Accused of Harassment in Burlington County, NJ?
In New Jersey, a person can file for a restraining order against you if you have allegedly committed an act of domestic violence against them. The New Jersey Prevention of Domestic Violence Act set forth offenses that constitute acts of domestic violence, including harassment. Among domestic violence offenses, harassment is the most common accusation. In Burlington County alone, there were 2,348 document domestic violence cases involving harassment in 2016. The frequency of harassment charges and restraining orders based on harassment belies the seriousness of these offenses. If a restraining order has been filed against you in Burlington County on the basis of alleged harassment, it is crucial that you hire an experienced lawyer to defend you against the underlying allegations before the restraining order becomes final. This article provides some critical information that you’ll need if you have been accused of harassment. To get your specific questions addressed, call our Burlington County harassment defense lawyers at The Law Offices of Leonard D. Biddison now at 856-427-6888.
When is harassment grounds for a restraining order in New Jersey?
In order for harassment to constitute an act of domestic violence and thus, be grounds for a restraining order, there must be a victim of domestic violence—a person above the age of 18 who qualifies as a victim under the New Jersey Domestic Violence Act. Harassment of a victim occurs when the abuser intends to harass the victim with offensive and coarse language, communicates at extremely unreasonable hours, or in any way that would likely cause a reasonable person alarm and annoyance.
Harassment can also constitute an act of domestic violence if the abuser purposely tries to harass, hit, kick, or shove the victim, or intends to harass the victim by engaging in alarming conduct. New Jersey courts have ruled that purpose to harass can be inferred from the evidence in a particular case.
How do you get a New Jersey restraining order?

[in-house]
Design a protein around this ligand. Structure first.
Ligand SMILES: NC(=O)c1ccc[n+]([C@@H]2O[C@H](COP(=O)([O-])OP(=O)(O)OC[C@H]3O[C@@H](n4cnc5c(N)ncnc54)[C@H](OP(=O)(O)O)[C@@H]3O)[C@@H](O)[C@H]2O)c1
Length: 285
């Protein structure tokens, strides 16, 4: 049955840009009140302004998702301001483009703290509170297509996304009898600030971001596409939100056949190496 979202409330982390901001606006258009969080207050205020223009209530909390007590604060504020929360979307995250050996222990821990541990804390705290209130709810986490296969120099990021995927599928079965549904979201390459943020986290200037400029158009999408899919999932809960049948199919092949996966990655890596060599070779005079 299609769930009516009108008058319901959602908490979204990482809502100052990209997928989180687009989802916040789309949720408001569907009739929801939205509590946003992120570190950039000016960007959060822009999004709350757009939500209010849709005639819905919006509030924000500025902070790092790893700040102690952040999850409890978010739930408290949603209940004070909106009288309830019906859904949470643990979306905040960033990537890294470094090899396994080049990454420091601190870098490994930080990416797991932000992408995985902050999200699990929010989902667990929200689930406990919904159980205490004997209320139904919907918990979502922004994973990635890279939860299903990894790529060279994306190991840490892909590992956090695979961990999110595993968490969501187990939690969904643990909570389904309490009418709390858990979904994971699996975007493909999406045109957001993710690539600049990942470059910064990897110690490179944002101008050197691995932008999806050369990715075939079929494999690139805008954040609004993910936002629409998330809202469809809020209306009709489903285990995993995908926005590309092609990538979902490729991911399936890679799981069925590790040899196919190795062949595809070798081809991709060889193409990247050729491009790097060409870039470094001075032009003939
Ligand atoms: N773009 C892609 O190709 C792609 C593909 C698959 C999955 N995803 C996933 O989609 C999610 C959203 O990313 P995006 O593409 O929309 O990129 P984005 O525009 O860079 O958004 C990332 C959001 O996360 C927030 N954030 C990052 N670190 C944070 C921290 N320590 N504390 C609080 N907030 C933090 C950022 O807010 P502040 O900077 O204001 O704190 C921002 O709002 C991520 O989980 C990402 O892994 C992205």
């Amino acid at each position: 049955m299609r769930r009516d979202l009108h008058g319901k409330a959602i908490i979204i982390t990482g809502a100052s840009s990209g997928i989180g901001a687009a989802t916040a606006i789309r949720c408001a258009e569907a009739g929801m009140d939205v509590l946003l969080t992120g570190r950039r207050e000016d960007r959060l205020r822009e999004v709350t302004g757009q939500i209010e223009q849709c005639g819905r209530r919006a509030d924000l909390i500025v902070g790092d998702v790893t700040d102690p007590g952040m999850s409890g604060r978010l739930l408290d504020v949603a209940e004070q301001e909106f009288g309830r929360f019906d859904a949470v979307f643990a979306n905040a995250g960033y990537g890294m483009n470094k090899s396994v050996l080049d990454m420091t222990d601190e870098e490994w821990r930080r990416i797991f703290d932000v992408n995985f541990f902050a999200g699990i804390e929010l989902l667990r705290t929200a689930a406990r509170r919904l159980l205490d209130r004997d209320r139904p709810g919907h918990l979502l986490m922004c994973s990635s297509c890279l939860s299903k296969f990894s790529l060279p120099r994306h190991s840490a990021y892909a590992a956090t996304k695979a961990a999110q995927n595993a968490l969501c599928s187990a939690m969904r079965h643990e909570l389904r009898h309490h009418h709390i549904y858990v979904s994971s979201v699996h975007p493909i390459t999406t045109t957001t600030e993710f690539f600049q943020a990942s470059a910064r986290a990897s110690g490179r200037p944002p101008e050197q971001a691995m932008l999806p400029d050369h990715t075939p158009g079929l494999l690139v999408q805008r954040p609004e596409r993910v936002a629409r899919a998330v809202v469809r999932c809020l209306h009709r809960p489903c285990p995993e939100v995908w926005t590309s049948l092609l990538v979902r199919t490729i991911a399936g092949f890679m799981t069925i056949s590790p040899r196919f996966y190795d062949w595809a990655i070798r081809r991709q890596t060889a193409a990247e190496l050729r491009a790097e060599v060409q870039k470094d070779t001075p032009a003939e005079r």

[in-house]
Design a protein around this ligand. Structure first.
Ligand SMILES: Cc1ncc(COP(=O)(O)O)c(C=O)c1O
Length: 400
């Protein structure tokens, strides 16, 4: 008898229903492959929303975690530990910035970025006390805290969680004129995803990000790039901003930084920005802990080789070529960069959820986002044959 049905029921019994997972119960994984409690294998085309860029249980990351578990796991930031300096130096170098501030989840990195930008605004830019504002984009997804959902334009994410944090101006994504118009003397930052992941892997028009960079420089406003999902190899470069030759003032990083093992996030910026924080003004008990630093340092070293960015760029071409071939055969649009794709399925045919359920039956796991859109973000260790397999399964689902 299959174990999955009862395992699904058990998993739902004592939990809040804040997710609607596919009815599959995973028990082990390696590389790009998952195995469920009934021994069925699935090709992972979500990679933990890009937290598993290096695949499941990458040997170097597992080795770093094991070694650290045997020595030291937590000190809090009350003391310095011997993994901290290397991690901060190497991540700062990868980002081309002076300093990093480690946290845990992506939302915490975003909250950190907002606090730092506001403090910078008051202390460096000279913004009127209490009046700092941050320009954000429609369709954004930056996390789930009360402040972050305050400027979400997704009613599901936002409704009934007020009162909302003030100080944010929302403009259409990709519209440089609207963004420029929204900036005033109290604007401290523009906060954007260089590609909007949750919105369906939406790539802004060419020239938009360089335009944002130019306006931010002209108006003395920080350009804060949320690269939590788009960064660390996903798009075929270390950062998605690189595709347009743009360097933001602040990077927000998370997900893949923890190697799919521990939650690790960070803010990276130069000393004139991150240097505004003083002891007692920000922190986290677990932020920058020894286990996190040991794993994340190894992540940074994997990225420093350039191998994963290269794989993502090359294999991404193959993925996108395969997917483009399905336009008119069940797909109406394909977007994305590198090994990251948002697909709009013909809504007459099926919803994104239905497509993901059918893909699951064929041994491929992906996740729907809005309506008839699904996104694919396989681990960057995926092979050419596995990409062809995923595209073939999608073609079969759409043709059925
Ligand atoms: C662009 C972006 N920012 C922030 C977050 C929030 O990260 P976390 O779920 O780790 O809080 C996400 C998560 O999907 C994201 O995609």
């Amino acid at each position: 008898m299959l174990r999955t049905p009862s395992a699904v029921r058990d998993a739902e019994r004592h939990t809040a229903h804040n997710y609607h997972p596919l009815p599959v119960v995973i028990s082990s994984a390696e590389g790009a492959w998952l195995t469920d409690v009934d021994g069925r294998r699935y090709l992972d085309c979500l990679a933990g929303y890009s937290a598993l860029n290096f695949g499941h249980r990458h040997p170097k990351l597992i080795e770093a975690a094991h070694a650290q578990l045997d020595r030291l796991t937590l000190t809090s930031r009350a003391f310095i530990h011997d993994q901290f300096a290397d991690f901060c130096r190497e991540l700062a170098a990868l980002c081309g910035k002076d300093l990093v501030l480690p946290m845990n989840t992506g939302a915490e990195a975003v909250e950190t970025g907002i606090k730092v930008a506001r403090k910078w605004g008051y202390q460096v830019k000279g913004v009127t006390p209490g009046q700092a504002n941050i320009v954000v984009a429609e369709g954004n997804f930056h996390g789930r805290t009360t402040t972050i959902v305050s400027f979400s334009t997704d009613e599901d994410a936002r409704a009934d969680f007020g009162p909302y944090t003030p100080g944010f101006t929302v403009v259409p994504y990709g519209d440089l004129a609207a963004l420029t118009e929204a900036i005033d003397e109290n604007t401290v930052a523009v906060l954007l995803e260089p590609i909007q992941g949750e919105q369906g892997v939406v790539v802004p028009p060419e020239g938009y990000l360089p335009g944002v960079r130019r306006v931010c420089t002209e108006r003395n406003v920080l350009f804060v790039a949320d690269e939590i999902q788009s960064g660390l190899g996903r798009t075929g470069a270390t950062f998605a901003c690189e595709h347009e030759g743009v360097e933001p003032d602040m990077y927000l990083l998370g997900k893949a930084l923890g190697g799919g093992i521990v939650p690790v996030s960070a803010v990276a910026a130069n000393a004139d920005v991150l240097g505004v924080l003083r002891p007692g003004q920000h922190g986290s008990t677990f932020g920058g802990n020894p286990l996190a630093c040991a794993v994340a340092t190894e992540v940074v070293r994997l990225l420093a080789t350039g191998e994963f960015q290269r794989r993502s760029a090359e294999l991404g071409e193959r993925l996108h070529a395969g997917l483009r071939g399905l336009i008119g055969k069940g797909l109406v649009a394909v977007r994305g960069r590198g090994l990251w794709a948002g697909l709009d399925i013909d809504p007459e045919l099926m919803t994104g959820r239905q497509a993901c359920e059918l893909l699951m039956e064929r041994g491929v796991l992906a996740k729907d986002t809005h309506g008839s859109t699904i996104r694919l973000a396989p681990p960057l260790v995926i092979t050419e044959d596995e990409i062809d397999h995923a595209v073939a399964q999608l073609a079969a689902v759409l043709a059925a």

The purpose of a restraining order is to stop a person from having verbal or physical contact with a victim. To obtain a restraining order in New Jersey, a person must prove to the court that the individual against whom they are seeking the order committed one or more of the nine acts defined as acts of domestic violence in the New Jersey Domestic Violence Act and the order is necessary for their protection.
The first step to obtain a restraining order is to file for a temporary restraining order (TRO). TROs are issued by the superior court where the victim resides, the offender resides, the act of domestic violence took place, or where the victim is temporarily staying. These can be issued on an emergency basis by contacting the local police department, which will coordinate efforts with the court.
If a TRO is issued, there will be a hearing at a later date for a final restraining order (FRO). This is a permanent restraining order. At the hearing, the judge will listen to both sides, determine if the individual seeking protection qualifies as a victim of domestic violence and whether the order should be issued.
How can I get a restraining order removed in Burlington, NJ?
If a final restraining order is issued against you, it is typically permanent. In order to remove the restraining order, you must file to vacate the order based on a showing of good cause. Even if the court does vacate the restraining order, your name will remain on the National Domestic Violence Registry.
At the hearing to vacate the restraining order, the court will consider statements from the victim, whether they consent to vacating the restraining order, treatment and counseling received by the defendant, the current relationship of the victim and defendant, history of violence, and any contempt convictions of the defendant. You can read more about the process to lift a restraining order in NJ on our Vacating a Restraining Order page.
Facing a Harassment Restraining Order in Burlington, New Jersey
Being that final restraining orders are usually permanent and you will not be able to remove your name from the domestic violence registry, it is important to seek a skillful attorney right away once a TRO is issued or, ideally, before a TRO is even filed. This will give you the best opportunity to defend your position. If you are facing a restraining order and/or criminal charges for harassment in Burlington County, do not go through this process alone. Contact our local harassment defense attorneys today for a free consultation about your case. Court comes quickly, so time is limited to develop your best defense.